Mitochondrial nucleotide imbalance may also result from a defect in the nucleotidase dNT2, which functions in the fine-tuning of dThd triphosphate levels (42). Mutations in dNT2 might lead to surplus of its main substrate TMP with subsequent accumulation of dThd triphosphate, causing mtDNA depletion as in TP dysfunction. However, because dNT2 is hardly expressed in human liver but is abundant in brain, skeletal muscle, and heart, isolated liver failure may be the only symptom in dNT2 deficiency.

A defect in DNC, the deoxynucleotide carrier is not expected to result in mtDNA depletion, because the mitochondria are capable of producing its own dNTPs throughout cell cycle. However, a defect in the DNC was recently reported in patients with severe microcephaly (47, 48). Although mtDNA content was not determined in these patients, the associated massive α-ketoglutaric aciduria might reflect mitochondrial dysfunction.

Defects in proteins that participate in the process of mtDNA synthesis but are not part of the dNTP synthesis machinery are also expected to result in mtDNA depletion (Fig. 2). The mtDNA is a double stranded, 16.5-bp circular molecule. It consists of a heavy (H) strand and a light (L) strand, which differ in their G+T base content. The molecule replicates in an asynchronous manner, with the L-strand lagging behind the H-strand synthesis. The replication of the H-strand is primed by a short L-strand transcript, which is synthesized by the mitochondrial RNA polymerase. To allow access to the mtDNA duplex, a conformation change is induced through the binding of mitochondrial transcription factor A (Tfam). Two additional proteins, mitochondrial transcription factor B1 and B2, were recently shown to be essential for the formation of the L-strand transcript (49). The indispensable role of the transcript for mtDNA replication was underscored by the development of mtDNA depletion in a yeast strain mutated at its mitochondrial RNA polymerase gene and by the low mtDNA abundance and embryonic lethality in Tfam −/− mice (50, 51). A search for mutations in the Tfam gene was initiated by the finding of decreased abundance of the Tfam protein in the cells of several patients with mtDNA depletion but none were found. Thus, in the study of candidate genes, proteins that require mtDNA molecules for their own stability and are secondarily decreased, should be distinguished from those that are the primary cause of the disease (14, 52).

Figure 2.
Figure 2 - Unfortunately we are unable to provide accessible alternative text for this. If you require assistance to access this image, please contact or the author

Schematic drawing of the major steps of mtDNA replication. The circular, double stranded molecule of mtDNA is replicated in a strand-asynchronous manner and the L-strand replication starts at its origin of replication (OL) only after the nascent H-strand synthesis has completed about two-thirds of the circle and proceeds in the opposite direction. The H-strand replication is initiated using a short L-strand transcript that is synthesized by a mitochondrial RNA polymerase (POLRMT). POLRMT gains access to its DNA template by the binding of mitochondrial transcription factor A, B1, and B2 (Tfam, TFB1M, and TFB2M) to the mtDNA duplex. The precursor RNA primer is cleaved by mitochondrial RNA processing endonuclease (RNase) at the origin of replication of the H-strand (OH). Bases are added to the free 3-termini of the transcript by mitochondrial DNA polymerase gamma (POLG). The Twinkle protein and the topoisomerase 1 and 3 (TOP1 and TOP3) are required for the preparation of single stranded templates for POLG activity. HSP and LSP, H-strand and L-strand promoters; mtSSB, mitochondrial single stranded binding protein.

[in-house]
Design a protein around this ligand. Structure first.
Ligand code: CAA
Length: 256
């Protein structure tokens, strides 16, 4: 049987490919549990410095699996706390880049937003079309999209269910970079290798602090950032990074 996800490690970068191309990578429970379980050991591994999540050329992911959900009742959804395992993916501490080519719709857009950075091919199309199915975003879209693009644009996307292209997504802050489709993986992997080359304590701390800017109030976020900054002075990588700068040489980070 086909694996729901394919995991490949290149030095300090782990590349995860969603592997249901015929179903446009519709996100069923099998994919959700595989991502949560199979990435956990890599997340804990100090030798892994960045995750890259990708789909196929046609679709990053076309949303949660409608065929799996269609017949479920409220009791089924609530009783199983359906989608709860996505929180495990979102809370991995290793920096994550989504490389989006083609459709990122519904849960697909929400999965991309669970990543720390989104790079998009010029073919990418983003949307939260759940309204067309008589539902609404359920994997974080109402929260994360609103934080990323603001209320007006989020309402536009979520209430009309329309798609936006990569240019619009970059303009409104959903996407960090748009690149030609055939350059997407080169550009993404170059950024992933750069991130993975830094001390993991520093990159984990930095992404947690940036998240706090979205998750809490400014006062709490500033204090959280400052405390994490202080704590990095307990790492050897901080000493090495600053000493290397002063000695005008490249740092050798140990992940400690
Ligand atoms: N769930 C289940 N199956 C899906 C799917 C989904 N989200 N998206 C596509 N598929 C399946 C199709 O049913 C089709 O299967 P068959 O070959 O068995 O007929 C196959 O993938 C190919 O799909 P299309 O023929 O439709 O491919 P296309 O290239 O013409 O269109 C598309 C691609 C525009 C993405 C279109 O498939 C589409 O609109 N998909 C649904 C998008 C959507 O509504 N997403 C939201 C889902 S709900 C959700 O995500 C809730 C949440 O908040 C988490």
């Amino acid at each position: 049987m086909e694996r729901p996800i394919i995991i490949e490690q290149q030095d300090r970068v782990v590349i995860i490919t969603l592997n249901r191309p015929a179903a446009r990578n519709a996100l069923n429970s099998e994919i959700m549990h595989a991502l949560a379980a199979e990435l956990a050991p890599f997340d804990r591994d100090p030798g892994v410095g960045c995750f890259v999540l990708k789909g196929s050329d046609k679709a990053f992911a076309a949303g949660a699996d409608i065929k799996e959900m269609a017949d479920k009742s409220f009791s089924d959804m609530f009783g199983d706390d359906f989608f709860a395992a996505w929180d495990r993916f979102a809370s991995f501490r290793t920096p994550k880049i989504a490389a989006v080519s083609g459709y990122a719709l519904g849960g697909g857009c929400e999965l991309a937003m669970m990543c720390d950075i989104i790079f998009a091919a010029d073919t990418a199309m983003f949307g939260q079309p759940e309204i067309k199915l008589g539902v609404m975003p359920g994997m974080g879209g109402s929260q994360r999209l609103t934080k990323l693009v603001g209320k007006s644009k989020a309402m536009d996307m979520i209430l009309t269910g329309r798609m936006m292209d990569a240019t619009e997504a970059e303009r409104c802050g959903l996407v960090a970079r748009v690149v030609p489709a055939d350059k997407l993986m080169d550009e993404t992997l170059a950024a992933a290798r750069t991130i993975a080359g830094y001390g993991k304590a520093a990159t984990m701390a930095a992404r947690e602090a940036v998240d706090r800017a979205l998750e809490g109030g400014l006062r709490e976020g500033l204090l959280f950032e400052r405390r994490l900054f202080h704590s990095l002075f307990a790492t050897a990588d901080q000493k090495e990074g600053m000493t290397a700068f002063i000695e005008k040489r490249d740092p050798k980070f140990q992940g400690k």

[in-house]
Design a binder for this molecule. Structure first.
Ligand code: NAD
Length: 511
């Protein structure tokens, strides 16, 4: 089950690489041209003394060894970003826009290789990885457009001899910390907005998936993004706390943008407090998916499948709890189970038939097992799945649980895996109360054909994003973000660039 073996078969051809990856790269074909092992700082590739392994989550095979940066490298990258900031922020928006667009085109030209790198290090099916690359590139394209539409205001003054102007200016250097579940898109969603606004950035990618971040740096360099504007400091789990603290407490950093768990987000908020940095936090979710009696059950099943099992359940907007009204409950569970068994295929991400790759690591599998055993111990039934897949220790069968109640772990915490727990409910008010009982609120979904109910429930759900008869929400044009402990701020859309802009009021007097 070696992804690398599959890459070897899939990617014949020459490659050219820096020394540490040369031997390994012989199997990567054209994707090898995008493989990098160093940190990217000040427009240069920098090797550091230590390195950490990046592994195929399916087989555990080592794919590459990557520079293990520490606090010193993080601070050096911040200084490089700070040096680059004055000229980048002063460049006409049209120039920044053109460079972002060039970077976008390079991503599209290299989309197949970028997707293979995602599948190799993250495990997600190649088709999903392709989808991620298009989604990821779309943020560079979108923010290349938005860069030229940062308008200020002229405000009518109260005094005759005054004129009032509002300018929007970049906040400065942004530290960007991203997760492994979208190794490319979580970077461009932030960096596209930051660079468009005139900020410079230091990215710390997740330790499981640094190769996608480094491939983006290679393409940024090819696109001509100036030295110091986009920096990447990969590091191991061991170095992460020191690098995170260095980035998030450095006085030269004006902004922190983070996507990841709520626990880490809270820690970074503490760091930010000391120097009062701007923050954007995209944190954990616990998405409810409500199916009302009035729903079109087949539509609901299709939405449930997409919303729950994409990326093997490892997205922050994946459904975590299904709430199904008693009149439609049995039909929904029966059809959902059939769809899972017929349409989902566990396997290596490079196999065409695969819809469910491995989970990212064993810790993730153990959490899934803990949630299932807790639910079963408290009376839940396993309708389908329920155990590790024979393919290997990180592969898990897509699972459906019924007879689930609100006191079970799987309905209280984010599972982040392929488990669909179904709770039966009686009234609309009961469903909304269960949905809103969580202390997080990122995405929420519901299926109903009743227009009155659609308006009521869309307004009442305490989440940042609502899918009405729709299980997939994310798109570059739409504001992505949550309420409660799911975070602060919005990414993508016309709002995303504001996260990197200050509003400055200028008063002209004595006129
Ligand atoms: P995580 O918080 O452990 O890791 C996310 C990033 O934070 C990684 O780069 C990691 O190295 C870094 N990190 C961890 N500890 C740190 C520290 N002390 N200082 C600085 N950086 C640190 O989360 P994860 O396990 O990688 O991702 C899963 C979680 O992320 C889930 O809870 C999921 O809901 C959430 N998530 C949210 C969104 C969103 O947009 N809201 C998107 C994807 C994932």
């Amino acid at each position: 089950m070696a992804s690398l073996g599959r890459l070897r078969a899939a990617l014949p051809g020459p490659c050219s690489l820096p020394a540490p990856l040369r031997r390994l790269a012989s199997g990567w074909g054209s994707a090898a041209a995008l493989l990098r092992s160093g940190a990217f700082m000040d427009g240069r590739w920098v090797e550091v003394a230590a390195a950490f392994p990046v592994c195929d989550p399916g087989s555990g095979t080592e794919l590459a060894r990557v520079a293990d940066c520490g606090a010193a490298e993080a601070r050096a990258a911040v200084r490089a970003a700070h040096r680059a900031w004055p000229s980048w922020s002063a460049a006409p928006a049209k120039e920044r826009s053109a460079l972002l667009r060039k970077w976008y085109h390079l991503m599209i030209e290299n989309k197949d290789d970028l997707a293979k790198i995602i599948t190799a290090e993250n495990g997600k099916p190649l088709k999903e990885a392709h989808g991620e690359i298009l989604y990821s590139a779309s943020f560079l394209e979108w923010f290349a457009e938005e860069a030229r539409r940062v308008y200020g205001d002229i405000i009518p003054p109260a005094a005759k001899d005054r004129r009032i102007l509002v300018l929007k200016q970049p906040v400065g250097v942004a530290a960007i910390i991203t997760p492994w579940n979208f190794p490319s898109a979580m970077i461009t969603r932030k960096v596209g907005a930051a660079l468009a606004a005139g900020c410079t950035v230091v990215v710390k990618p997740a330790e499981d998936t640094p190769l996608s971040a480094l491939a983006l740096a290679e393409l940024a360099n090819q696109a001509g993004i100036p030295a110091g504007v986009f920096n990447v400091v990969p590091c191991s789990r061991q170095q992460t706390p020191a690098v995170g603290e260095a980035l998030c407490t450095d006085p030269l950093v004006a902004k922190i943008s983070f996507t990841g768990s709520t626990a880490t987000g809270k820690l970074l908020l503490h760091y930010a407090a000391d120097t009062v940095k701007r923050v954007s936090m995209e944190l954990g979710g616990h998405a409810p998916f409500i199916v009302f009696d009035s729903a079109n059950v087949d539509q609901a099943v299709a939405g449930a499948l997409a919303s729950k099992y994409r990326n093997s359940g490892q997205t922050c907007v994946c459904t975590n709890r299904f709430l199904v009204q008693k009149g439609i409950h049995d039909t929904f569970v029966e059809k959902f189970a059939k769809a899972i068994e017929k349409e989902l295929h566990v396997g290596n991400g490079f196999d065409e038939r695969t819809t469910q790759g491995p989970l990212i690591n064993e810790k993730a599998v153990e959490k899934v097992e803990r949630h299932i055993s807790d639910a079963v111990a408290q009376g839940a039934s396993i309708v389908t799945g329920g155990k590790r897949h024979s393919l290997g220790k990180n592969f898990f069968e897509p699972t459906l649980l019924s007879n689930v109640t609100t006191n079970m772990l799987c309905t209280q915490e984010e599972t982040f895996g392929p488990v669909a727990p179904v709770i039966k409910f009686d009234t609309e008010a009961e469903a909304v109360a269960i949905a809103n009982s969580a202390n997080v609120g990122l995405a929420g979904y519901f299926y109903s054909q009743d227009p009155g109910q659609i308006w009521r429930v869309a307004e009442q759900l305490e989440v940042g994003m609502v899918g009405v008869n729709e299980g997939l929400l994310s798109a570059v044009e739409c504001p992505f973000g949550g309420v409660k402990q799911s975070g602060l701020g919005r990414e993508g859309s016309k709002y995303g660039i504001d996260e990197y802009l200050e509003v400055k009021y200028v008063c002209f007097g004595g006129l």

Full figure and legend (185K)

Most L-strand transcripts are cleaved by an RNA processing endonuclease at the origin of replication of the H-strand and remain attached to the two parental strands. This endonuclease can probably be excluded from the list of candidate genes because mutations in its gene, although not associated with complete abolition of activity, did not result in mtDNA depletion but with another disease, cartilage-hair hypoplasia (53). Subsequent to the cleavage of the short L-strand transcript, bases are added to its free 3′-terminus by the mitochondrial DNA polymerase γ (POLG). Only missense mutations in the POLG gene have been reported, and all were associated with multiple mtDNA deletions and adult onset myopathy (54). It is possible that the mutated POLG retains some catalytic activity but loses its proof reading ability, resulting in markedly increased error rate for certain mismatches (55); in homozygotes, a complete lack of POLG activity is probably lethal in utero due to severe mtDNA depletion but with no symptoms in heterozygotes.

In addition to POLG, multiple trans-acting factors participate in the elongation and maturation of the growing strands of the human mtDNA and should thus be included in linkage analyses of patients with mtDNA depletion syndrome. Topoisomerase I, which introduces reversible breaks in the DNA phosphodiester backbone so to relieve the strain that arises during the closed-circle replication (56), and the mitochondrial single stranded binding protein, which prevents large single-stranded DNA regions from renaturation (57), are two well-characterized candidate genes. A less attractive candidate is the recently described topoisomerase III, which probably participates in the resolution of mtDNA rings in their final stage of replication. Mutations in this gene would likely result in a nuclear rather than mitochondria DNA pathology, as most topoisomerase III transcripts lack mitochondrial targeting signal and are localized to the nucleus (58).

Mutations were identified in the human C10orf2 (Twinkle) gene, which encodes a protein homologous to the helicase domain of the T7 bacteriophage and thus may be involved in the preparation of single stranded templates for POLG activity by unwinding the double strand. As with POLG, patients heterozygous for mutations in the Twinkle gene suffer from myopathy and multiple mtDNA deletions (59).

Mutations should be sought in genes yet to be identified, which are involved with the modeling of mtDNA, its segregation, and the expression level or import of replication proteins. Their number should not be underestimated as 36 complementation groups of yeast mutants exhibit temperature-induced loss of mtDNA (60).



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Dr. Ann Saada-Reich is acknowledged for fruitful discussions.